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The information stands in stark contrast to the image Solo has presented in court papers, on Facebook, in an espn W article this week and, most pointedly, during a February appearance on ABC's "Good Morning America." Speaking just weeks after her case had been dismissed, Solo told GMA host Robin Roberts that she was a victim, not a criminal; an embattled woman who, as she always predicted, would be vindicated; a falsely accused athlete who had her day in court, faced the facts head on and was liberated by the truth.There was one problem, though, with Solo's version: It wasn't entirely accurate.You're scared of me because you know that if the handcuffs were off, I'd kick your ass."Solo, perhaps the best women's soccer goalie in the world, had repeatedly hurled insults at the officers processing her arrest, suggesting that two jailers were having sex and calling another officer a "14-year-old boy." When asked to remove a necklace, an apparently drunk Solo told the officer that the piece of jewelry was worth more than he made in a year.Those details are laid out in police records, and coupled with two sworn depositions obtained by Outside the Lines, other documents and interviews with one of Solo's alleged victims, they shed new light on what happened that night at her half-sister's home in suburban Seattle.The night escalated to violence shortly before 1 a.m., as Solo and the teenager exchanged a series of insults.The teenager has performed in local theater for years, and at one point he suggested to Solo that being a good actor required "having an athletic state of mind," according to a police report.The "Good Morning America" appearance, she says, was the last straw.Obert's son, who recently turned 18 but whom ESPN is not naming because he was a minor at the time of the incident, declined to be interviewed by Outside the Lines.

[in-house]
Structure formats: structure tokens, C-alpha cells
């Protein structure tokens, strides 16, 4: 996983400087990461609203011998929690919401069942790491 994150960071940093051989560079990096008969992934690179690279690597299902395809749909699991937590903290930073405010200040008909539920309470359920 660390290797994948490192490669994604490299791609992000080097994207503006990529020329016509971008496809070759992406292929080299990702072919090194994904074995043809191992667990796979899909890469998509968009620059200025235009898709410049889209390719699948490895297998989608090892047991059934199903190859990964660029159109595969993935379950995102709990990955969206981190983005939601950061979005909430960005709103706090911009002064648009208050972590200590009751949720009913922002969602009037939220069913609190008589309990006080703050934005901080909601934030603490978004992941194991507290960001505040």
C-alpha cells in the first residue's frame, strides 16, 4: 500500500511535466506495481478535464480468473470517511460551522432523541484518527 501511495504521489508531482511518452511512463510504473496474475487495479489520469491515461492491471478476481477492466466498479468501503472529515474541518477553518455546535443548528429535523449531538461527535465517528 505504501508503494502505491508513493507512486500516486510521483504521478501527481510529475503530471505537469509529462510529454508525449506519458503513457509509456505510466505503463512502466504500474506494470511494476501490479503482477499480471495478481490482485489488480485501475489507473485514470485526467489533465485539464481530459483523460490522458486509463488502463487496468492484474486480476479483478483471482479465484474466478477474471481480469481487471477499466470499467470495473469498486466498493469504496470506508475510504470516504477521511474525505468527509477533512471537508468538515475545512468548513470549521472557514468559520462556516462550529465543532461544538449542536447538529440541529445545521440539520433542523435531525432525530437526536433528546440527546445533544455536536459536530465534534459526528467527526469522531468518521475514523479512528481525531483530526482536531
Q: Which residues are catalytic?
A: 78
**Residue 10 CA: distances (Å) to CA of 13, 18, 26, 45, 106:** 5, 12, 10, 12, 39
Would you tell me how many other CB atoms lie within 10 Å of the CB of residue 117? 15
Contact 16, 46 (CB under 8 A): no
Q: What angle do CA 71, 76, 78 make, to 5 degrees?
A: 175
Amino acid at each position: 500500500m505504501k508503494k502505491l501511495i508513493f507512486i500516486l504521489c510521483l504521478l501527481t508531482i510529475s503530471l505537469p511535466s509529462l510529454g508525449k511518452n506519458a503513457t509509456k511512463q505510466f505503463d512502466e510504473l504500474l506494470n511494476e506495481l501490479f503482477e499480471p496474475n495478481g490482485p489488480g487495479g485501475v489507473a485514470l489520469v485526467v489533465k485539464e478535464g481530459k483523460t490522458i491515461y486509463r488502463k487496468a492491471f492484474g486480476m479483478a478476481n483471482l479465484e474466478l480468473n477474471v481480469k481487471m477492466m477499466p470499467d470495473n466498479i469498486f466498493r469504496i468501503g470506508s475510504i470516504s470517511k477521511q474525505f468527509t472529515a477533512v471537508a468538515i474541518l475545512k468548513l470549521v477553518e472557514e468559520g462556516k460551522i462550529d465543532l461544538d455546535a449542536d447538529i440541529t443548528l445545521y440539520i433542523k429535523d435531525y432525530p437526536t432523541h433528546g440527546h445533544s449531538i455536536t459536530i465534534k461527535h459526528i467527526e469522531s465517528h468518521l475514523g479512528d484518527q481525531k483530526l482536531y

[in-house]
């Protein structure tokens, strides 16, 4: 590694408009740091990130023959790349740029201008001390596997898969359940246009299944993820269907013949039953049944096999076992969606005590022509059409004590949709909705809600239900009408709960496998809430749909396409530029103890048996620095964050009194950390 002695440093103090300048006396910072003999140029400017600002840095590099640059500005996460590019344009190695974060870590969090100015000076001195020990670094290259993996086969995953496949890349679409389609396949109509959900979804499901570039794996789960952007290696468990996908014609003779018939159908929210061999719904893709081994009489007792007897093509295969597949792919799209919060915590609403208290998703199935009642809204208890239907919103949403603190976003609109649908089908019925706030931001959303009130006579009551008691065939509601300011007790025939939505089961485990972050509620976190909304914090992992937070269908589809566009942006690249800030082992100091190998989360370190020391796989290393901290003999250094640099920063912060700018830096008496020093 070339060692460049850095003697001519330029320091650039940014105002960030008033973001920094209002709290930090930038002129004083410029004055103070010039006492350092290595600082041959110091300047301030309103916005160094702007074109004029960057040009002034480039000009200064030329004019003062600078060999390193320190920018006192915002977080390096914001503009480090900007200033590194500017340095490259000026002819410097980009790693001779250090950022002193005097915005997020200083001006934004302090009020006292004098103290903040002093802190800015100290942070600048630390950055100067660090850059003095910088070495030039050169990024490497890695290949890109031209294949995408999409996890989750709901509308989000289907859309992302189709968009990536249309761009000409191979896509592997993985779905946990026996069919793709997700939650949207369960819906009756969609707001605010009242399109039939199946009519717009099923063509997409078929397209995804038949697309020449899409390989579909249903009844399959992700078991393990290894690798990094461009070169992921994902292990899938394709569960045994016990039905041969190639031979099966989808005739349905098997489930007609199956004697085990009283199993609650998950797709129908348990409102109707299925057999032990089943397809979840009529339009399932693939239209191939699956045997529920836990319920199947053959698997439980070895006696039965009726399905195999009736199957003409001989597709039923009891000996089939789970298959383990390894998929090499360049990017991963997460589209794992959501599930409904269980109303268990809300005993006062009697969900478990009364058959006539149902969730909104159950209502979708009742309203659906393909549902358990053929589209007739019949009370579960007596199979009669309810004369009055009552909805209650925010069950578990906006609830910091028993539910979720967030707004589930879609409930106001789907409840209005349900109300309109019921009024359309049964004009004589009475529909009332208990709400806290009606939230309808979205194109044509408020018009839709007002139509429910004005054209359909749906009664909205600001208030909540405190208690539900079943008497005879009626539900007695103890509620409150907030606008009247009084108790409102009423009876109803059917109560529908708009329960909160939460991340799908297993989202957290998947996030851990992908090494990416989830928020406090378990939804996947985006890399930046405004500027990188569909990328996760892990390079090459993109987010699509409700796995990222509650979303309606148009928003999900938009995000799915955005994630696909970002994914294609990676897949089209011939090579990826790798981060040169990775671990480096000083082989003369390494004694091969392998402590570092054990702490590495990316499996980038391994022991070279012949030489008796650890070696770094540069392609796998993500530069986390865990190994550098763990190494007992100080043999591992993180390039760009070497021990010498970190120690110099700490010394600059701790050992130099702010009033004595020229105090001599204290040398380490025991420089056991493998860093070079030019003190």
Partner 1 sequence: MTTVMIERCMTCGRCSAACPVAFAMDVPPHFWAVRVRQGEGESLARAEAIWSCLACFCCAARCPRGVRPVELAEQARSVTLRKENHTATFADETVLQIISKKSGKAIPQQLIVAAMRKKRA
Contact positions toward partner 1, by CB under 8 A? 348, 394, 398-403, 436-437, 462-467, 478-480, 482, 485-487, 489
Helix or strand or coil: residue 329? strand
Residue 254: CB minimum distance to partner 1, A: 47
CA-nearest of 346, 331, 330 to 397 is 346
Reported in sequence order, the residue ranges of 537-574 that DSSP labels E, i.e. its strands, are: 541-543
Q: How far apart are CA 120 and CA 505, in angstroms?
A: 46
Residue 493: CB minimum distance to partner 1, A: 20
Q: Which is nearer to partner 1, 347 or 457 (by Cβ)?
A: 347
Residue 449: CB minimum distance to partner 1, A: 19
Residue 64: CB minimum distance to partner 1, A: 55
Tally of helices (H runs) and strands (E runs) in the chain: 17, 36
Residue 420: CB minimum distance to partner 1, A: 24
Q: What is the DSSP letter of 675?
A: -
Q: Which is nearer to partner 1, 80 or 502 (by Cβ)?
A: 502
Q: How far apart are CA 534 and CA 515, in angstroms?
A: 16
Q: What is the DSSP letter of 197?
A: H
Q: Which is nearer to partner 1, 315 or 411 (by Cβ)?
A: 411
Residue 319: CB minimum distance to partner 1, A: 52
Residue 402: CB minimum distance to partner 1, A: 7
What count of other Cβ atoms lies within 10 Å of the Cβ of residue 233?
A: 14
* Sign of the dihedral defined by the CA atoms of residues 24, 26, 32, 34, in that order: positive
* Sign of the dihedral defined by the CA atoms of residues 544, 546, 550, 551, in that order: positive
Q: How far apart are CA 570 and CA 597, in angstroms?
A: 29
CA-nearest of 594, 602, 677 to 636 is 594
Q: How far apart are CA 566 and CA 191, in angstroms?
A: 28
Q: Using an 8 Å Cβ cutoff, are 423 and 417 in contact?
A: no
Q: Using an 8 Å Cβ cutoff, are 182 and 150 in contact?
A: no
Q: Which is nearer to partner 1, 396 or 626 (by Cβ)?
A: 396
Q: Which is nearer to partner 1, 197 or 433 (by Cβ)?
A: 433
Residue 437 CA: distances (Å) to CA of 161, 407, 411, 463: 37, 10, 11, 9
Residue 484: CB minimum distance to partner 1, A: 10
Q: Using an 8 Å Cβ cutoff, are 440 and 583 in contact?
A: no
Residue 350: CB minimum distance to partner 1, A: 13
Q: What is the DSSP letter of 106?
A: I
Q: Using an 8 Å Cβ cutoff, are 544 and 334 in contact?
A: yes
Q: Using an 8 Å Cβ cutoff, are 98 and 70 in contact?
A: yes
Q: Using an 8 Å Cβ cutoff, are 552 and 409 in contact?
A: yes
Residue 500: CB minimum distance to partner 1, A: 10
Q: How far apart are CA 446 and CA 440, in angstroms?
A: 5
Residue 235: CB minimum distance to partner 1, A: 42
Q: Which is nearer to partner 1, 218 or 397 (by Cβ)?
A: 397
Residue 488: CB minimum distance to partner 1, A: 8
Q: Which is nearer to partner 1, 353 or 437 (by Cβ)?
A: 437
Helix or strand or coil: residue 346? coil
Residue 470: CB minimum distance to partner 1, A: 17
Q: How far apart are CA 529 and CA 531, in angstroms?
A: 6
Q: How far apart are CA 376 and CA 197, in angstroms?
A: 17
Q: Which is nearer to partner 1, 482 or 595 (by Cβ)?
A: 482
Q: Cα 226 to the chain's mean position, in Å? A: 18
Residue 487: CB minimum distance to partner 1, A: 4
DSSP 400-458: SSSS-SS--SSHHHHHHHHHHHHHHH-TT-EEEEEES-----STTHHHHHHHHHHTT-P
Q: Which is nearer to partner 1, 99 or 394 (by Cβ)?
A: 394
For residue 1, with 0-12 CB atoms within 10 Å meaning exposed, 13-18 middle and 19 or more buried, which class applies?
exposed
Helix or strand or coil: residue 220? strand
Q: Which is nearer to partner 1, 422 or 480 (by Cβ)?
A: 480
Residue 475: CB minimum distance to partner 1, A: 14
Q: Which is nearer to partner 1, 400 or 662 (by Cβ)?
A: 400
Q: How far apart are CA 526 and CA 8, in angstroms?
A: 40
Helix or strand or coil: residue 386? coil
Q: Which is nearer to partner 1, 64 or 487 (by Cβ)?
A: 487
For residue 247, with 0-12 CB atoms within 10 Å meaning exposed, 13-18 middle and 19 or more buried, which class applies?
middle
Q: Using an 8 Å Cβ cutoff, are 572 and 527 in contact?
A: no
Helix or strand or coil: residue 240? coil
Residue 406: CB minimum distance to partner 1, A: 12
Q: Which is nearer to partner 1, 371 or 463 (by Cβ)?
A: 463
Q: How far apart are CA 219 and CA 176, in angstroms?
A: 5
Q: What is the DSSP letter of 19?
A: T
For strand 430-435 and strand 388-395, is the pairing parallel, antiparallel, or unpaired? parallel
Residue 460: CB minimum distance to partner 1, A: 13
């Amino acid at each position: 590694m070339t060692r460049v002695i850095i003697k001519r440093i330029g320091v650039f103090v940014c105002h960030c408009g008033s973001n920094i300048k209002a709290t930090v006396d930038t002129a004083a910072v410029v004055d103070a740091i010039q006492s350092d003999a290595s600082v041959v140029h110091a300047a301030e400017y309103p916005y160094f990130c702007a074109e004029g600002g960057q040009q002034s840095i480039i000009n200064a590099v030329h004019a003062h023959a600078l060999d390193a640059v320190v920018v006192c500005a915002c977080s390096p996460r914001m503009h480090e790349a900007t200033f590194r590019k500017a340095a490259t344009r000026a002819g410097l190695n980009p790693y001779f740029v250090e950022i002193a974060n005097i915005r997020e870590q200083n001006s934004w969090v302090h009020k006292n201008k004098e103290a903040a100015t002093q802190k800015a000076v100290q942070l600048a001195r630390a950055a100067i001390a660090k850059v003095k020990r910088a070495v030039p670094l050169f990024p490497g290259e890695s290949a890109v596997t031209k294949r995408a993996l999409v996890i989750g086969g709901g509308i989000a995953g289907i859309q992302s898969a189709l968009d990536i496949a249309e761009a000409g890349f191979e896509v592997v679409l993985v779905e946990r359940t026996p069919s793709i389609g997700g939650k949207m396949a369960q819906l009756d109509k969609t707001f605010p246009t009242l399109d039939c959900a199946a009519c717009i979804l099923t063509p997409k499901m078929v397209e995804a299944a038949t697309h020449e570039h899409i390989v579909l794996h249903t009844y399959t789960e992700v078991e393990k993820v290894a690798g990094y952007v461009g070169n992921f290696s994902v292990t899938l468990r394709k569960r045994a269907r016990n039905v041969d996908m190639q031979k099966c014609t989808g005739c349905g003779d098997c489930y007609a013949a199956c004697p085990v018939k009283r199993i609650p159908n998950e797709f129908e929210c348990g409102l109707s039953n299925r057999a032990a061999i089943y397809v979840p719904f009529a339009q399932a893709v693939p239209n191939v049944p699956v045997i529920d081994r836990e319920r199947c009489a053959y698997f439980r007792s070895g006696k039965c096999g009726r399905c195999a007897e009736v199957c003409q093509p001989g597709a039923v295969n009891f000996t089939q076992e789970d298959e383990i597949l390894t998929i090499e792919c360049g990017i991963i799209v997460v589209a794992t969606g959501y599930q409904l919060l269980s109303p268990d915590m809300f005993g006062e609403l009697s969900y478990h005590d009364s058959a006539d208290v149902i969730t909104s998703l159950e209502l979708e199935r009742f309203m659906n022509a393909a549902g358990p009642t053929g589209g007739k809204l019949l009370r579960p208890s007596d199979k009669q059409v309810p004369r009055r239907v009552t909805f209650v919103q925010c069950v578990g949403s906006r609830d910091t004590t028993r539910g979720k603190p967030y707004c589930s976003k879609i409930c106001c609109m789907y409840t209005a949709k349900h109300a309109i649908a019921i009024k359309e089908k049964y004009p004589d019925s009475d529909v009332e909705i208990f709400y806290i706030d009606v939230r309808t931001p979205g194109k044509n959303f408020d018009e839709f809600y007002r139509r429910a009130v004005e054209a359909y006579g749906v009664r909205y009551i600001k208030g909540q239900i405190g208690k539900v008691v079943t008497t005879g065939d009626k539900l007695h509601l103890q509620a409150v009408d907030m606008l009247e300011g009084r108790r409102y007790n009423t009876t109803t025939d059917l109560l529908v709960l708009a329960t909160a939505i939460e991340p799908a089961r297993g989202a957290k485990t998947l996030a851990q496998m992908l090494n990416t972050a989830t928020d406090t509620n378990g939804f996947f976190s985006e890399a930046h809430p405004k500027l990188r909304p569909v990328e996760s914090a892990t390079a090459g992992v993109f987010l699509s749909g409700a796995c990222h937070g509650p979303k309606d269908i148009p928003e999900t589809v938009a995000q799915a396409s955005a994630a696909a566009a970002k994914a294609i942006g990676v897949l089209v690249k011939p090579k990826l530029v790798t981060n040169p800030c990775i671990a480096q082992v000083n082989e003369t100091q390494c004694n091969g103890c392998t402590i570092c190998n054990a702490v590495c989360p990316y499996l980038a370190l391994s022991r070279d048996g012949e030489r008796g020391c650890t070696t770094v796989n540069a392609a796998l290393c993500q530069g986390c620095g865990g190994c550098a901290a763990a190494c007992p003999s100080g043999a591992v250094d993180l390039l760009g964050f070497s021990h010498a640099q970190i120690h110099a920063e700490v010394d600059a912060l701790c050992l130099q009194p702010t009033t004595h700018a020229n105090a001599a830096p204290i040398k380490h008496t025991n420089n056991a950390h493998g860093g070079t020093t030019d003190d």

"What I can tell you is that I'm in the best place in my life both on the field and off the field.And now, Obert says, after enduring not only a beating at the hands of her sister, but, worse still, watching Solo appear on national television and paint her son as the aggressor, that relationship is over.Obert, 43, says she never wanted anything bad to happen to her sister, that she was hoping the case would go away and that prosecutors wouldn't press charges.I have great teammates behind me, a great coaching staff, and I'm just honestly really excited for my third World Cup."Solo did give exclusive access to espn W recently, though, for a story that appears in the current edition of ESPN The Magazine and on espn W.In it, Solo again denied assaulting anyone and spoke of her frustration with media coverage of the incident and how she has been portrayed: "From here on out, no matter what happens, I'll forever be associated with domestic violence." Solo, the story details, didn't hesitate to address the June incident when asked about it: "As she revisits the night and its protracted aftermath, Solo begins to cry.